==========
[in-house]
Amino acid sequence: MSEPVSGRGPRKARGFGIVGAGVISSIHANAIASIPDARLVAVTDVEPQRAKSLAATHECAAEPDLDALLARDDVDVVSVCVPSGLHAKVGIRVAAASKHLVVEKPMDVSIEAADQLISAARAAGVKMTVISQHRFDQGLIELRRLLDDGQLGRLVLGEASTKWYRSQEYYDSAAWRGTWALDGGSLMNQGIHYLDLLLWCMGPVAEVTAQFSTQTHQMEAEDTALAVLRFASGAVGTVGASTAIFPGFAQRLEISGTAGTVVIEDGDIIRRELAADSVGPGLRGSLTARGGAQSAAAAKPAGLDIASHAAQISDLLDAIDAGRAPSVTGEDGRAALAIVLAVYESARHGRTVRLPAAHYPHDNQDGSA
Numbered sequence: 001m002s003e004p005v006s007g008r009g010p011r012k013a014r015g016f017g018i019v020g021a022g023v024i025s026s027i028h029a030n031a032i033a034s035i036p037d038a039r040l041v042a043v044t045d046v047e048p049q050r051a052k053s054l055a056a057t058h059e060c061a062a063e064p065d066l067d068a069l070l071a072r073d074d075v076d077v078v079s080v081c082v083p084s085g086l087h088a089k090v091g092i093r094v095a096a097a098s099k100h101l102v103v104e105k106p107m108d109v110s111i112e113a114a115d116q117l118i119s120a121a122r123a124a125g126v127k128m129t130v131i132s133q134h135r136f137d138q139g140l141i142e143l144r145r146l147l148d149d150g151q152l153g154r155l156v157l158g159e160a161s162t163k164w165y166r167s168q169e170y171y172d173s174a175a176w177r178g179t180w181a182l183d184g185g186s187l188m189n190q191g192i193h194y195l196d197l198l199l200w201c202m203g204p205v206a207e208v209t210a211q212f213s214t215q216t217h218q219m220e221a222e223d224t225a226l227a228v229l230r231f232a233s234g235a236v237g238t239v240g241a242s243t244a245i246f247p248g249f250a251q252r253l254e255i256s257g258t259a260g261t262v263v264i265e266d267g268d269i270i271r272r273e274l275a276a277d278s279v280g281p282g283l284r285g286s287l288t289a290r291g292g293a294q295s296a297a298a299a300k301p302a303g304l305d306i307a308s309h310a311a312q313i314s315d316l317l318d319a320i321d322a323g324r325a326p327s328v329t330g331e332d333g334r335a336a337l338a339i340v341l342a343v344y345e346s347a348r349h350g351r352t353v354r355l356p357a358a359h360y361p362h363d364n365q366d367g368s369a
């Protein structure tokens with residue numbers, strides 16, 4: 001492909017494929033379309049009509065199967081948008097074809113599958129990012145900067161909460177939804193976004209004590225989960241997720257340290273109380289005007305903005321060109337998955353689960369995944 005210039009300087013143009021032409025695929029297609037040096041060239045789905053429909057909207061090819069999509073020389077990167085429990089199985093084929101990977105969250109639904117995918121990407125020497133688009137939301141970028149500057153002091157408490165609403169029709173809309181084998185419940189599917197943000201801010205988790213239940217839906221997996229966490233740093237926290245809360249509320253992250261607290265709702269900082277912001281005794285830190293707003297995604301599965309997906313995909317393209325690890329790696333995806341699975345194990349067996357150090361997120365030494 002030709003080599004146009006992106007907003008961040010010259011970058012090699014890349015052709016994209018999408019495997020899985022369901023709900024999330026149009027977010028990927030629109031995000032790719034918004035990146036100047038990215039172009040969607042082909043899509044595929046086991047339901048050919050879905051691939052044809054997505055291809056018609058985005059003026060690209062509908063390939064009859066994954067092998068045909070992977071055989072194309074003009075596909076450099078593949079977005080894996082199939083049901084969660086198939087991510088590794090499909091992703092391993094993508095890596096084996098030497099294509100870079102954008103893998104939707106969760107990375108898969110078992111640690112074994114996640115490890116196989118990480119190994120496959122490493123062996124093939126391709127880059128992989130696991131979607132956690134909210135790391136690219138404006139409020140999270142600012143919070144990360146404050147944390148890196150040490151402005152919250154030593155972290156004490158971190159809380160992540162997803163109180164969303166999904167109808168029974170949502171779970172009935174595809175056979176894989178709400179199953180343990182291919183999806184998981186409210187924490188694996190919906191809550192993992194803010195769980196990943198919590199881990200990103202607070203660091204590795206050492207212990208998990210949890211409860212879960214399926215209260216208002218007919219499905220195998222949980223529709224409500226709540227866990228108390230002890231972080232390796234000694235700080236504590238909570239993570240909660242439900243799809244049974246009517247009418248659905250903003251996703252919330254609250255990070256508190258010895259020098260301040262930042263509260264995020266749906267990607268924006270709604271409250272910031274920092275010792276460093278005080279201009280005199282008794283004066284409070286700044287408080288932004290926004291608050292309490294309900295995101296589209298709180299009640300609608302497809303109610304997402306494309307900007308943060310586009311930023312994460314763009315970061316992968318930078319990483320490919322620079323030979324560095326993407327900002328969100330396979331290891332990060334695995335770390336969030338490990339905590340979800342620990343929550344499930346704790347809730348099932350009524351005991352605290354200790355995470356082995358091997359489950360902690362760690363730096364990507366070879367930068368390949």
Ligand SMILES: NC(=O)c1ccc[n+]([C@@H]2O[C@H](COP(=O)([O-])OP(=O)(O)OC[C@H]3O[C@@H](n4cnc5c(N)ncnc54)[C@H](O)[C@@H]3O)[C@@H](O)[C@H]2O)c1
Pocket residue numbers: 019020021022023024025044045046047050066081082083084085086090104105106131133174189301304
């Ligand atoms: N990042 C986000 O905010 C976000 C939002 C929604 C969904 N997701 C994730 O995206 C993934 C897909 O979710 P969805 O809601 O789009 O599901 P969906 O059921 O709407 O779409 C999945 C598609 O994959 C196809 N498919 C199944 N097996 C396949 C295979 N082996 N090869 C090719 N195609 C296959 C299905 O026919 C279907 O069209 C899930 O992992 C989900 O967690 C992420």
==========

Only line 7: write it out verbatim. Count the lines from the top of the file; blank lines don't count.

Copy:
């Ligand atoms: N990042 C986000 O905010 C976000 C939002 C929604 C969904 N997701 C994730 O995206 C993934 C897909 O979710 P969805 O809601 O789009 O599901 P969906 O059921 O709407 O779409 C999945 C598609 O994959 C196809 N498919 C199944 N097996 C396949 C295979 N082996 N090869 C090719 N195609 C296959 C299905 O026919 C279907 O069209 C899930 O992992 C989900 O967690 C992420």